While Duplicate Files is basically foolproof, Similar Photos loosens the rules. Under Basic Settings, Similar Photos will let you use fuzzy logic — image analysis on a scale from “partial” to “exact,” plus time comparisons and your choice of either same size or same aspect ratio — to find images that are close to one another. This is an ideal tool to use if your library somehow contains full-sized original images (the ones you probably want to keep forever), slightly modified versions, and/or smaller thumbnails that were created by another app. Using the “same aspect ratio” setting, PhotoSweeper can look for images that are the same overall but in larger and smaller versions. The Advanced Settings tab lets you calibrate the comparison engine, looking for matchups either of thumbnails or histograms, as well as color and detail levels in the thumbnails.
Series of Shots is the last option, included to handle split-second bursts of photos like the ones taken by recent iPhones, or looser groupings of images taken at nearly the same time. This option shows you clusters of images taken close together — you set how close — and lets you pick the one you prefer without looking for a 100% exact match. It’s handy to get rid of not-quite-as-good “near-duplicates” that might be taking up a ton of space in your library.
Once you’ve selected your sorting scheme, PhotoSweeper will go through everything and create “groups” of photos that it has identified as being similar. Each group will contain at least two photos, so you can either trust PhotoSweeper to automatically mark the ones it thinks should be deleted, or manually mark them yourself. PhotoSweeper has a list of 20 Auto Mark rules hidden within its Preferences menu, so you can check the rules you want to use, put them in the right order, and run the marking process. For instance, if you simply want the app to auto-mark the file with smaller size, DPI, or dimensions, you can do any of those; you could also auto-mark files with lower star ratings, fewer keywords, or other metadata criteria.
Auto marking saves you from having to manually choose the image to delete from each group yourself, but should always be manually audited before moving on. That manual audit — checking as many images as you want to make sure you’re not tossing out good files — is your most critical step. When you hit the Trash Marked button, all green images will stay, and all red ones will disappear. You may need to let PhotoSweeper automatically open the photo library’s app (as with OS X Photos) so it can complete the deletion process.
Using PhotoSweeper in the right way can safely free up a tremendous amount of space on your Mac; you can run it several times using different “What to Find?” options to eliminate different types of duplicates. Even though you may get tired during the manual audit process — and might just opt to trust that PhotoSweeper is picking the right duplicates to eliminate — bear in mind the cautionary details above so that you don’t lose any important files.
Duplicate Photos Fixer Pro
Although it’s currently at the top of the Mac App Store charts due to its temporarily low $1 price, Systweak Software’s normally $19 Duplicate Photos Fixer Pro has some serious limitations compared with PhotoSweeper. It won’t import OS X Photos, Aperture, or Lightroom libraries — only “iPhoto 9 or newer” and individual photos. You can choose from two settings: “Exact Match,” or “Similar Match,” and you’ll see an ad every time you don’t find duplicates.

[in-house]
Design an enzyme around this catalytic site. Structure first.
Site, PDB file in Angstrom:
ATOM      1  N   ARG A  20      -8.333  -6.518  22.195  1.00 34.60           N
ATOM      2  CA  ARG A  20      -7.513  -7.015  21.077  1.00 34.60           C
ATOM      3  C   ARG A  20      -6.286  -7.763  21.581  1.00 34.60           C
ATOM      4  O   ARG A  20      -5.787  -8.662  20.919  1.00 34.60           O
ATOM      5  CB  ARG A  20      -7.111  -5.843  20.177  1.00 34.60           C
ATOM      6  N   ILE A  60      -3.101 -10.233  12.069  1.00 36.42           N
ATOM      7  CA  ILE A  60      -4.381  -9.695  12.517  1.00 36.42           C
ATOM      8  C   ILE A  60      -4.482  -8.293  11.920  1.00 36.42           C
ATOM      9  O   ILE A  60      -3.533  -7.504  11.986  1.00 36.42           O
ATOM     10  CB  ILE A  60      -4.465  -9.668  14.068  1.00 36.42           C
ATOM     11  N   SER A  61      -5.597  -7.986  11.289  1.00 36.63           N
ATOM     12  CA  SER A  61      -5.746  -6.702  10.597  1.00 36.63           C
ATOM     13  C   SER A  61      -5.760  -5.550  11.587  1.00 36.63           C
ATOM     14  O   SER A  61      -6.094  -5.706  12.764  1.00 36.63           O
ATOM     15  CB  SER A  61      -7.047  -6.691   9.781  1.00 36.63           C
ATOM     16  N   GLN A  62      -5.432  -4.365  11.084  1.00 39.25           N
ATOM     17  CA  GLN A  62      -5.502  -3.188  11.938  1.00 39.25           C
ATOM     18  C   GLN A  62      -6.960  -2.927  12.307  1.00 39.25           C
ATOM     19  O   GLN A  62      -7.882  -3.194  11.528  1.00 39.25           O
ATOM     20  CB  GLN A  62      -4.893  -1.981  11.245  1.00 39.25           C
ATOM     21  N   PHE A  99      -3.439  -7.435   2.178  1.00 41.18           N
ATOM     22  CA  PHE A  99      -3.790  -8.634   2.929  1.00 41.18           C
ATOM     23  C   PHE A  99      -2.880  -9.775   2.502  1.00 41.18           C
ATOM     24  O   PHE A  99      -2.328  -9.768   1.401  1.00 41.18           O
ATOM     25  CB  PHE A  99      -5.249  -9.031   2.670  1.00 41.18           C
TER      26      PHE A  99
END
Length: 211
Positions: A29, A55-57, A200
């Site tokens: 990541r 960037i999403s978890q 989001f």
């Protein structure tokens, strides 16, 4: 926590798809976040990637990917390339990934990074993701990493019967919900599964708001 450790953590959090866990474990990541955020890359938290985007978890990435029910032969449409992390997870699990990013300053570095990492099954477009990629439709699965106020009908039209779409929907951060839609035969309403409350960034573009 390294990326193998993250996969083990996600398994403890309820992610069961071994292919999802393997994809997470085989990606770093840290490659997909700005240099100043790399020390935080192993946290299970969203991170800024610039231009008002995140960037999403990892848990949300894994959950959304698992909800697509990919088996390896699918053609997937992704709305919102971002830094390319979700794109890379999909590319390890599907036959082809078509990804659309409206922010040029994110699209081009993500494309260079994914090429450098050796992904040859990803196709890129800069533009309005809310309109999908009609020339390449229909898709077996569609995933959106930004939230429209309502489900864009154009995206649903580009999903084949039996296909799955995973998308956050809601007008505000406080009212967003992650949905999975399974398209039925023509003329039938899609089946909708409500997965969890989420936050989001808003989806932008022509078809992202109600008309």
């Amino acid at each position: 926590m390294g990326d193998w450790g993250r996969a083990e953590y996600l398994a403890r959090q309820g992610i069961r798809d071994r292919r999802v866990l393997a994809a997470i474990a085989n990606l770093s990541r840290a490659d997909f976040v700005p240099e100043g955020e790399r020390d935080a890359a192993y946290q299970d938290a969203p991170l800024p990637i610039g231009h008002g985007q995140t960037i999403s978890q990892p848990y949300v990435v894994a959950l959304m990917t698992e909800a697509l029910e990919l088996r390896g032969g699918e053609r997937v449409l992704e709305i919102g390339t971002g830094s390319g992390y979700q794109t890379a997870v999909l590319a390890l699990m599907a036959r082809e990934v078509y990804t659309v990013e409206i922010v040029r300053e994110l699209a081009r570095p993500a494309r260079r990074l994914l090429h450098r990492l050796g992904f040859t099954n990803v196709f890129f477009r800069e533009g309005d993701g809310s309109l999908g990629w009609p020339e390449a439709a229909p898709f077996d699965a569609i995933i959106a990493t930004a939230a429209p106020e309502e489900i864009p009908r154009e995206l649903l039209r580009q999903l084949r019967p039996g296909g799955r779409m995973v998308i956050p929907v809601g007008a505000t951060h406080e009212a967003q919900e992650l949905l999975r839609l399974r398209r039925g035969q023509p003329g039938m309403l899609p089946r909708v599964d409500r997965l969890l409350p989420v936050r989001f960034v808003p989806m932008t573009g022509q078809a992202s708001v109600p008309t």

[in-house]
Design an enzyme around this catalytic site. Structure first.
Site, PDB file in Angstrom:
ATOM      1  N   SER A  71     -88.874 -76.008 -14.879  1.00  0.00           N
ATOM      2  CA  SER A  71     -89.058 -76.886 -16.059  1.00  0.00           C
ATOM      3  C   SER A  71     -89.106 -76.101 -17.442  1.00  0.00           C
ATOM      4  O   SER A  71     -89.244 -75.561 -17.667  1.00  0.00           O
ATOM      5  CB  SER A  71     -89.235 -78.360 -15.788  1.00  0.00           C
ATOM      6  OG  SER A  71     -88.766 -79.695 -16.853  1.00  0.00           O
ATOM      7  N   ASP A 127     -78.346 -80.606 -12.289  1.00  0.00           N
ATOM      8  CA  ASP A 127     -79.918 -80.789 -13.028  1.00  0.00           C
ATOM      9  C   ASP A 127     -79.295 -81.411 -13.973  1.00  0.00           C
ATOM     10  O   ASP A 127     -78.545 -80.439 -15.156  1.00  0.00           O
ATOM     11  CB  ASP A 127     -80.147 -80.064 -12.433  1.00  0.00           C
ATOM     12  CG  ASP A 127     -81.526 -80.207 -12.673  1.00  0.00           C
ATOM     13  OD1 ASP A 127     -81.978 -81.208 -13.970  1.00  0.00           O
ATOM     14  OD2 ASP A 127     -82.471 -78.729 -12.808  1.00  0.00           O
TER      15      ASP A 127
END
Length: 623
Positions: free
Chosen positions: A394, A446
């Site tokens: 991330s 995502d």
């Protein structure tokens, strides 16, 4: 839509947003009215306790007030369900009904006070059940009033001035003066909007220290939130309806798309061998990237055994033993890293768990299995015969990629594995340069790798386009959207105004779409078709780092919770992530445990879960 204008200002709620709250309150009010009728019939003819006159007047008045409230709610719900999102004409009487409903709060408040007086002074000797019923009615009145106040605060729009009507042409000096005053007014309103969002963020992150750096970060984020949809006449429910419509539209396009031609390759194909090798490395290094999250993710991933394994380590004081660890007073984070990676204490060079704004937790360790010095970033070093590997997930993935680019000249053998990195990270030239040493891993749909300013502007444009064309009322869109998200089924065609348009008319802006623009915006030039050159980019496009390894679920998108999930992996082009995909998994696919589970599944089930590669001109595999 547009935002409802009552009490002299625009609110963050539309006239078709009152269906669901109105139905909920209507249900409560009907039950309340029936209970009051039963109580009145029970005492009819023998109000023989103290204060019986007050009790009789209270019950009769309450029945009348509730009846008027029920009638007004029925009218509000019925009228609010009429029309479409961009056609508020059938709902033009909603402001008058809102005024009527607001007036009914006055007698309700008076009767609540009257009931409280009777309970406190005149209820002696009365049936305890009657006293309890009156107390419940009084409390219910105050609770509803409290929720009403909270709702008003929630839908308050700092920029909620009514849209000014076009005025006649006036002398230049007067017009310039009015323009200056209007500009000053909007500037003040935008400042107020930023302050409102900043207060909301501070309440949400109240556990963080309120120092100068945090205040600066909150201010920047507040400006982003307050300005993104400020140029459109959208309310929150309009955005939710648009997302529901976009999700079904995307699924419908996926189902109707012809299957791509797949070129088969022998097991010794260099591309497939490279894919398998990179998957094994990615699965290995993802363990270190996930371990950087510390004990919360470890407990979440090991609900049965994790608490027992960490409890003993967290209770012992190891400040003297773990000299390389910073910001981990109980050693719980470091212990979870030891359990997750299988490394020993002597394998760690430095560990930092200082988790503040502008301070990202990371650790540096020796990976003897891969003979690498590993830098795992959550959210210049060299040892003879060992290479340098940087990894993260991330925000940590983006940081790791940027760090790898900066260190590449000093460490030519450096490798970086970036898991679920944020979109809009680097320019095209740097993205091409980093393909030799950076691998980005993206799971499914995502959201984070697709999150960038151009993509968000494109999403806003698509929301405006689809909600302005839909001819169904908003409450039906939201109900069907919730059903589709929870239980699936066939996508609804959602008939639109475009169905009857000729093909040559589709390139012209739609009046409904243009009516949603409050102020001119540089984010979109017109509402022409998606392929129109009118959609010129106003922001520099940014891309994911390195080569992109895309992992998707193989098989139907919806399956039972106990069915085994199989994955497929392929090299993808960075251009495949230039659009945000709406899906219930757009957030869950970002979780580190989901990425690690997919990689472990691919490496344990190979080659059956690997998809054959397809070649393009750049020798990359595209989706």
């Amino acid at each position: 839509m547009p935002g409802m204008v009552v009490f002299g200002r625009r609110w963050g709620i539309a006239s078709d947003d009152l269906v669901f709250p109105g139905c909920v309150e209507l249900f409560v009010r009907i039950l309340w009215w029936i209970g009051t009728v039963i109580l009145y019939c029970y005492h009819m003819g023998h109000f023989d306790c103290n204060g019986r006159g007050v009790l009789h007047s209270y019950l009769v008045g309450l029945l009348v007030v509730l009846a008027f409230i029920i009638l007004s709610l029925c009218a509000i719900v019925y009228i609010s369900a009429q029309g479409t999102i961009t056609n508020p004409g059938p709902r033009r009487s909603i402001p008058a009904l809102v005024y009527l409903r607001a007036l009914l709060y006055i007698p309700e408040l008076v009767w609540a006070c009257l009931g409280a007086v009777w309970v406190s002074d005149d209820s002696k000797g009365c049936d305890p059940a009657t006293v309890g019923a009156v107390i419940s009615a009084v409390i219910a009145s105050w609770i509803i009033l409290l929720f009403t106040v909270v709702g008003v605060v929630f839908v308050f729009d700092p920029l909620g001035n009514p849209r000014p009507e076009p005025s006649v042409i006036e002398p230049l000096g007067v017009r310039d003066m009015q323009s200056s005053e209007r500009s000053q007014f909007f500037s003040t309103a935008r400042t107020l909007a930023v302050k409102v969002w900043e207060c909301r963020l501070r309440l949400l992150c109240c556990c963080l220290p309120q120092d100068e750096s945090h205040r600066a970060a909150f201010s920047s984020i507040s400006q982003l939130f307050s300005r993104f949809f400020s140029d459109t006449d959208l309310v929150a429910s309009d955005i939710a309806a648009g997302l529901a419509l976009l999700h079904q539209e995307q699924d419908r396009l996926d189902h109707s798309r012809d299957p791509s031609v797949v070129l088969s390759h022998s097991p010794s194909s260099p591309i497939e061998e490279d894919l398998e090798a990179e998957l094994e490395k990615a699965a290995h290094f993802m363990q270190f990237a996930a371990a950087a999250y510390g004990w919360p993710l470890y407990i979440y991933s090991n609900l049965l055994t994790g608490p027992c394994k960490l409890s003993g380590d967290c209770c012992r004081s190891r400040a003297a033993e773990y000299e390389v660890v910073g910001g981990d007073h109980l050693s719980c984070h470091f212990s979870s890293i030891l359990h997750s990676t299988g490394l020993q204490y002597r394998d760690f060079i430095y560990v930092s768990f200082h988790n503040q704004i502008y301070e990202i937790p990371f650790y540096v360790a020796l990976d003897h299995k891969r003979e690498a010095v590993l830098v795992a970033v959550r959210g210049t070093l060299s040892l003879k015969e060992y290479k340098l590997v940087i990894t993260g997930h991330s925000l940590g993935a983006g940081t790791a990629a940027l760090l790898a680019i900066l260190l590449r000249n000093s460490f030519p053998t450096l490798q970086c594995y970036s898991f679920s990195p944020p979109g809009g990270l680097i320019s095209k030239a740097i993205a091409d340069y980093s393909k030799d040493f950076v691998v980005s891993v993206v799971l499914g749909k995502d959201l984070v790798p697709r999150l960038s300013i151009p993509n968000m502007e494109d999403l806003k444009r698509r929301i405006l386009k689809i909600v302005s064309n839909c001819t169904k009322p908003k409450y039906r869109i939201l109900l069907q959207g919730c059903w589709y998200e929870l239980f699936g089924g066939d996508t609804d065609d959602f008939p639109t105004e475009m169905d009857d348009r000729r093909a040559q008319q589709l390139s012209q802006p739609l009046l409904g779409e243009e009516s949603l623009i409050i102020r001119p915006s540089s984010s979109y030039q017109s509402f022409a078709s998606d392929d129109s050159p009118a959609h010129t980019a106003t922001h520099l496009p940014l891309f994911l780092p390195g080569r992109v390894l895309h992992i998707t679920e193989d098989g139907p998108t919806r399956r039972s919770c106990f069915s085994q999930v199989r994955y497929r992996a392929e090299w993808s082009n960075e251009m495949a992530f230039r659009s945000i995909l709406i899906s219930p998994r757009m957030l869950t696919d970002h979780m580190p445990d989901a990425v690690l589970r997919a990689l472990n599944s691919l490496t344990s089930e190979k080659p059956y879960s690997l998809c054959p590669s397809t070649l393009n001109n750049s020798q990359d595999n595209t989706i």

Duplicate Photos Fixer Pro has far fewer settings to tweak its matching engine. It generates and compares only thumbnails, not histograms, and can use time intervals, GPS proximity, and a sliding scale “matching level” to sort your photos. At its weakest matching level, you’ll see “duplicates” that are clearly substantially different shots; at the strongest matching level, images will need to be pixel-perfect clones to be IDed. Even after doing the initial comparison, you can adjust the Matching Level slider and see just how many shots would be considered duplicates at each of the slider’s levels.
Like PhotoSweeper, you can auto-mark images using rules, though there are only six rules here, and they’re not as useful. Hitting the Trash Marked button lets you purge duplicates after a quick warning, with a reminder that you can find any accidentally deleted images in the trash can.
Having used PhotoSweeper quite extensively with Aperture and OS X Photos libraries, it’s hard for me to recommend Duplicate Photos Fixer Pro given that it’s so much more limited — fewer types of photo libraries are supported, the duplicate finding and auto marking features are less powerful, and there are other little annoyances in the user interface. At its normal $19 price point, there would be zero reason to prefer it over PhotoSweeper. But if you’re only using iPhoto or loose photo folders, want a budget solution, and don’t mind doing searches that mightn’t net as many actual duplicates as PhotoSweeper finds, this could be worth a try.
One More Option: Duplicate Detective
Although I wouldn’t generally recommend it for photographs, there’s another handy app for getting rid of duplicate files: Fiplab’s $3 Duplicate Detective. This app can be used across numerous types of files, quickly finding exact matches and letting you purge them. You simply point Duplicate Detective at a folder (or hard drive) full of files, start the scan, then pick the files to delete using simple (oldest/newest) criteria.
Why include Duplicate Detective in this article? Depending on how you’ve organized your photo libraries, you may have stored your iPhone, iPad, or iPod home videos along with your photos, or separately on your hard drive. These video files (particularly slow-motion and 1080p HD videos) can be gigantic, and if you want to hunt for duplicates of them or any other non-photo file, Duplicate Detective can help.
More Great Ways To Improve Your Mac
To make the most of your Mac (or pretty much any other Apple device), I’ve written quite a few How-To and Best of guides, as well as reviews of worthwhile accessories. Read more of my guides and reviews for 9to5Mac here (and don’t forget to click on Older Posts at the bottom of the page to see everything)!